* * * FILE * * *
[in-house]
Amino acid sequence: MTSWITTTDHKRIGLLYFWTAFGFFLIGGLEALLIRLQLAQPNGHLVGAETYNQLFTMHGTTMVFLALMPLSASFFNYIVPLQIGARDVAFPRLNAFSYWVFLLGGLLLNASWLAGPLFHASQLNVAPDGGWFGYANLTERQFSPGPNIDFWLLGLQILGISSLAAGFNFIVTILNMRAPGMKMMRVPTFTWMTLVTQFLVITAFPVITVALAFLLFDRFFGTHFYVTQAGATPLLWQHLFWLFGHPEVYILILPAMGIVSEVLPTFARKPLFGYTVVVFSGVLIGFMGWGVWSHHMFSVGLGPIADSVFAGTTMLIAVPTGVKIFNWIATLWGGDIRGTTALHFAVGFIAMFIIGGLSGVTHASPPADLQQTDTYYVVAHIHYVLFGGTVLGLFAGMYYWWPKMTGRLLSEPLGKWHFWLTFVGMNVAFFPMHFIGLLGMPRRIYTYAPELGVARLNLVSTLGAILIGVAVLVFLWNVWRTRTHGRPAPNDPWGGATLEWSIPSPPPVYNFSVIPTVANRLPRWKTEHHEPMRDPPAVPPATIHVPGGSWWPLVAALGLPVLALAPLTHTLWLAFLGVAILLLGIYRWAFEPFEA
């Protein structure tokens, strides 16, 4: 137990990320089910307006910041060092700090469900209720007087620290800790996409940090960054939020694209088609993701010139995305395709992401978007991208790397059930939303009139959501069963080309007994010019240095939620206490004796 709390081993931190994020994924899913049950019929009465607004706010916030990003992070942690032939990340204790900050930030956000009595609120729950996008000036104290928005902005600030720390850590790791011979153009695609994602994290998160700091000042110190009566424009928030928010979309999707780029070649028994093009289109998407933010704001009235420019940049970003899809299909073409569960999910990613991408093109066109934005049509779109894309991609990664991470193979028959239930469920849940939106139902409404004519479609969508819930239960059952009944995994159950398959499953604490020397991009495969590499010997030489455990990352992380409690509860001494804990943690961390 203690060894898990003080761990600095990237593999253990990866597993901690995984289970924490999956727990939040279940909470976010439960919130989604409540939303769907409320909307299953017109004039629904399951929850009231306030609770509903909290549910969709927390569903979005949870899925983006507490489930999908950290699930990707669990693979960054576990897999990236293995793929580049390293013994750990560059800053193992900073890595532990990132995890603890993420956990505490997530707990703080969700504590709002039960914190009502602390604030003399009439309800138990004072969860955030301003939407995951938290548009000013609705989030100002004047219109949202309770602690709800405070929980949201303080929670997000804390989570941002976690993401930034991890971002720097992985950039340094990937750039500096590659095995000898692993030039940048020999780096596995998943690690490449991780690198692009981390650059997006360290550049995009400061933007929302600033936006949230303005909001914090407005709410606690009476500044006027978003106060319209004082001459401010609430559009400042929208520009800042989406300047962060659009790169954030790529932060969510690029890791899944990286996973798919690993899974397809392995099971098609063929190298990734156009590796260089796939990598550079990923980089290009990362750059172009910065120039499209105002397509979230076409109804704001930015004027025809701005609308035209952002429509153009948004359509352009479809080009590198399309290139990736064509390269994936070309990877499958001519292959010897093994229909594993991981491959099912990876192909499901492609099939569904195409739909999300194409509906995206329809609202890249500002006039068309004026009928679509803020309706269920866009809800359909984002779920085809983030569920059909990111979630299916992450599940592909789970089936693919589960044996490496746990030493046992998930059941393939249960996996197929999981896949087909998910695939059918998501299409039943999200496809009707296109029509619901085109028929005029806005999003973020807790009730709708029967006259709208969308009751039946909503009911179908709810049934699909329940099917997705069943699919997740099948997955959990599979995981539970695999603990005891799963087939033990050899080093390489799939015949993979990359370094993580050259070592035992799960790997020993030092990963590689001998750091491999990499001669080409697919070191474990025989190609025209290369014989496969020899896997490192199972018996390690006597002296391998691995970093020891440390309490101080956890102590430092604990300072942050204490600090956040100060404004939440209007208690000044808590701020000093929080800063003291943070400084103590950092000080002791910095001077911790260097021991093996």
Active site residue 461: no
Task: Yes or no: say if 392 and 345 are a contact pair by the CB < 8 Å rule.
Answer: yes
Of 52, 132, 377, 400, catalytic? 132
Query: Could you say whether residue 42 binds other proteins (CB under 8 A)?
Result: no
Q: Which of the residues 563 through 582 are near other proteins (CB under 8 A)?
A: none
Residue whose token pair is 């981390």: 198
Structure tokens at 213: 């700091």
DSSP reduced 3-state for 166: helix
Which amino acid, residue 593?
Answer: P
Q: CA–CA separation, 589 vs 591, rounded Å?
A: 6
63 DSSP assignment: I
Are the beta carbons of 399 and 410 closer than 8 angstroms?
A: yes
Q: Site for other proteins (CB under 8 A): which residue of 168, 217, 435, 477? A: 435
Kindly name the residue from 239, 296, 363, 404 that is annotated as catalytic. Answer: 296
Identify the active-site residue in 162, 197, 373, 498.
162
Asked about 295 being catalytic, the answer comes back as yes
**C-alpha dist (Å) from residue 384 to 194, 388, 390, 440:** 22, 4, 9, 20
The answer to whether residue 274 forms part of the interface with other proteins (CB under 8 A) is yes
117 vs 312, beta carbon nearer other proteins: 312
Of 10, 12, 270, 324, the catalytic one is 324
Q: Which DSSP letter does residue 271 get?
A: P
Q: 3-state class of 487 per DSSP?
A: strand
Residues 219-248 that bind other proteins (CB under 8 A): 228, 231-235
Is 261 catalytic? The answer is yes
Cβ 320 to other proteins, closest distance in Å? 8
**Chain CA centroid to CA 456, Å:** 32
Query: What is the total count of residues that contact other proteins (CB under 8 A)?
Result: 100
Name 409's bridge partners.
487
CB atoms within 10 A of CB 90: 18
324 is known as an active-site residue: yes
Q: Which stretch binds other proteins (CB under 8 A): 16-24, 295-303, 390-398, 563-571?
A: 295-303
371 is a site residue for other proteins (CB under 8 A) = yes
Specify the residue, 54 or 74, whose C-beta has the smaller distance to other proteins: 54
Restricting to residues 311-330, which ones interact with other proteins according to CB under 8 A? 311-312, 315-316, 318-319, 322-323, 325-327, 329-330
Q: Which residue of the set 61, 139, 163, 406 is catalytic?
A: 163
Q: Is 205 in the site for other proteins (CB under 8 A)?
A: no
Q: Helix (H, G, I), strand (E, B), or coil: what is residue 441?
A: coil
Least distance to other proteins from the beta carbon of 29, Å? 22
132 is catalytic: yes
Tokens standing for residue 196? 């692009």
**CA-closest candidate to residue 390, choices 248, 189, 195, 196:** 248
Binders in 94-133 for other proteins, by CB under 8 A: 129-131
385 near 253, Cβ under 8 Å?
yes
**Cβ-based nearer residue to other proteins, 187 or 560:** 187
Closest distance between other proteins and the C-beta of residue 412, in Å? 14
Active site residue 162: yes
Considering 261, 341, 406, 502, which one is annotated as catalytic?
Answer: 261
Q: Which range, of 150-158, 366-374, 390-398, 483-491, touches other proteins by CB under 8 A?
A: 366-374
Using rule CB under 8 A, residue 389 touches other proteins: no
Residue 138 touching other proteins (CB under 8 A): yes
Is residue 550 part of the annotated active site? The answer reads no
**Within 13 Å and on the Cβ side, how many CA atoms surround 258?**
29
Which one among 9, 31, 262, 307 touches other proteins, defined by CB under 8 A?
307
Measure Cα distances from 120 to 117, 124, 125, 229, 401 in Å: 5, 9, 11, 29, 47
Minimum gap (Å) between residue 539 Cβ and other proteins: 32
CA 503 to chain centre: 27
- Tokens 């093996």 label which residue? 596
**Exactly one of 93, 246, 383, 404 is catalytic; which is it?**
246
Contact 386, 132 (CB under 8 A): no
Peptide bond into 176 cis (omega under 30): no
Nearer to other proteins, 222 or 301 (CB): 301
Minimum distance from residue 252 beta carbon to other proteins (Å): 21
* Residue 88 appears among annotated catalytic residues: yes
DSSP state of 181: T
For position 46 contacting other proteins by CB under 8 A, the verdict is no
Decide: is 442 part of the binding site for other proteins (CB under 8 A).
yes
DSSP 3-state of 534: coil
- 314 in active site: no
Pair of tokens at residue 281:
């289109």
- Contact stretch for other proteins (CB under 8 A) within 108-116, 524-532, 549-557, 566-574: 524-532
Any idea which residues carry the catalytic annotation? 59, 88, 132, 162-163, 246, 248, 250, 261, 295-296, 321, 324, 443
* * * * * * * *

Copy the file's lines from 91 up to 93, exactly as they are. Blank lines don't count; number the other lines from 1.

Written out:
yes
DSSP 3-state of 534: coil
- 314 in active site: no